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Skip to 0 minutes and 4 seconds If you want to be an oral pathologist, then you have to know what normal tissues look like. And then, you have to be able to identify what abnormal tissues look like. So when you get a biopsy from the lab, it’s on a slide like this. And this is what it would look like under the microscope. But normal tissue actually doesn’t have any colour to it, so this has been stained with special dye called hematoxylin and eosin to give it this nice pink and blue colour. So on this side, this is the lining of the mouth. And it’s called oral mucosa, and it’s got two parts to it.

Skip to 0 minutes and 39 seconds It’s got the epithelium, which is a bit like your skin, but it lines the surface. And then underneath, it’s got the connective tissues which has all the blood vessels and produce all the nutrients and oxygen that your mucosa needs. So this side is completely normal, with a nice thick epithelial layer and connective tissue underneath. This side actually shows you what diseased mucosa looks like, and this disease is called lichen planus. And it’s a disease that affects the cheeks in particular, and it’s characterised by white patches, instead of a nice pink mucosa. So there are quite important differences here. The first thing I think you might be able to see is that the epithelium is thinner than normal.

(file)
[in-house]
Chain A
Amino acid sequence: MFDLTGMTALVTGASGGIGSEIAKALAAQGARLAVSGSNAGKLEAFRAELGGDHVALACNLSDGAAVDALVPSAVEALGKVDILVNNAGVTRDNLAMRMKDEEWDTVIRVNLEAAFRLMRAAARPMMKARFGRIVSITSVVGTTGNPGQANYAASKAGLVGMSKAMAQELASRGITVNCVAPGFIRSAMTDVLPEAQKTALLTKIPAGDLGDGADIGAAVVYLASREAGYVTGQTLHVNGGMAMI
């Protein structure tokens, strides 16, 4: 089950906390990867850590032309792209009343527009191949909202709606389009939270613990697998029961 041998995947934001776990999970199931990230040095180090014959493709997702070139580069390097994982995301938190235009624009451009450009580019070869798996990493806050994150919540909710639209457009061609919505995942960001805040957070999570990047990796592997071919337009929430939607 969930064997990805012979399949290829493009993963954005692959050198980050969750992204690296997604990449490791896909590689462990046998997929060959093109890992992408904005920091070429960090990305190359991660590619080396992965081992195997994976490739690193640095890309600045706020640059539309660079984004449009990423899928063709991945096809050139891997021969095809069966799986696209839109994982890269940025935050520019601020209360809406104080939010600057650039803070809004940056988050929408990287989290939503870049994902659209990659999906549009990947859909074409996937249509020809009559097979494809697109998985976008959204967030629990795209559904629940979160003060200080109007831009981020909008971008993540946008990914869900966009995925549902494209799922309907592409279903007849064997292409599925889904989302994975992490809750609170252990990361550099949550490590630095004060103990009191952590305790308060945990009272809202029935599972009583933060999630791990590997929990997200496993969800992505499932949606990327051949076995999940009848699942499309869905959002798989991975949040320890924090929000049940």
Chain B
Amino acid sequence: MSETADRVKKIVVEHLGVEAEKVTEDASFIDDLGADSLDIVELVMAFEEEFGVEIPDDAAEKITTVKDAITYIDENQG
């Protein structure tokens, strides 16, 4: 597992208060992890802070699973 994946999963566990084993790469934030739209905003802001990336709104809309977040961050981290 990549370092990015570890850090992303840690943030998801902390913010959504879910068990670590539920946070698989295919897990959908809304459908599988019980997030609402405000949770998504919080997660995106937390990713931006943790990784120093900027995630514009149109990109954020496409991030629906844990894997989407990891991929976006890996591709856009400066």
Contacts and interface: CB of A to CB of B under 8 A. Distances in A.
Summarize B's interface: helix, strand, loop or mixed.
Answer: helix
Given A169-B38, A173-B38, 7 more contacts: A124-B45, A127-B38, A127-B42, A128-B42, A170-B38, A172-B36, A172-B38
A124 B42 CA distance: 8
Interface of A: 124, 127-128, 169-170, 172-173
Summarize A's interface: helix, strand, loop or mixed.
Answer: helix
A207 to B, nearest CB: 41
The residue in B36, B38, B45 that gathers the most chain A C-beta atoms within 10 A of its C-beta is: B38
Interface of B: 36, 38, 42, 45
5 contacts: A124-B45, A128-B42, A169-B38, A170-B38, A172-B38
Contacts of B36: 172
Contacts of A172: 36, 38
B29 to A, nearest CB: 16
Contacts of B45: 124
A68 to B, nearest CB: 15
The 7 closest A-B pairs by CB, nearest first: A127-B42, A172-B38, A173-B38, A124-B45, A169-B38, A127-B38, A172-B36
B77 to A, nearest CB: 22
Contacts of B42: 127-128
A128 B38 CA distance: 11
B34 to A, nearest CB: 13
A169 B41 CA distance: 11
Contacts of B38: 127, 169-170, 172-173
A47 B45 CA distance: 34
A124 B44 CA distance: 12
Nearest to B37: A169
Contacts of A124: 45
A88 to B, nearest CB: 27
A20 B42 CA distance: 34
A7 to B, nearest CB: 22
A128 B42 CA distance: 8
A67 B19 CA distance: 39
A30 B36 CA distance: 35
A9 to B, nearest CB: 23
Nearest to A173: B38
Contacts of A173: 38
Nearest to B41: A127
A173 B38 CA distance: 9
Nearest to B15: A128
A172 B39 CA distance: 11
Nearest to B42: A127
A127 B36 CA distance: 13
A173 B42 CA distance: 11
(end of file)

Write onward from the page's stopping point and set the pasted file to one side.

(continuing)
Skip to 1 minute and 27 seconds So if you compare this to that, it’s much thinner. And that’s called atrophic. It’s atrophic epithelium. The second thing that you might notice is there’s a nice pink player on the top here, whereas there isn’t a pink layer on here. And that’s because the epithelium on this side has produced a layer of keratin. And it doesn’t normally have keratin in the oral mucosa. The third thing is that it’s got these pointy little processes, whereas these don’t have so pointy processes as well. So that’s another difference. And the reason that that’s happened is because these cells, these blue dots here, these are inflammatory cells. And these inflammatory cells are actually destroying the epithelium and making it all pointy.

Skip to 2 minutes and 16 seconds So these are a special sort of inflammatory cell. They’re called leukocytes, they’re white blood cells. And these ones are lymphocytes, and they actually destroy the epithelium. Now, why they do that, we don’t really understand. But we do know that they do it.

The role of the Oral Pathologist

Professor Paula Farthing talks us through the role of the Oral and Maxillofacial Pathologist in more detail.

Using an example of an oral disease Paula shows us how a Pathologist works.

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Discover Dentistry

The University of Sheffield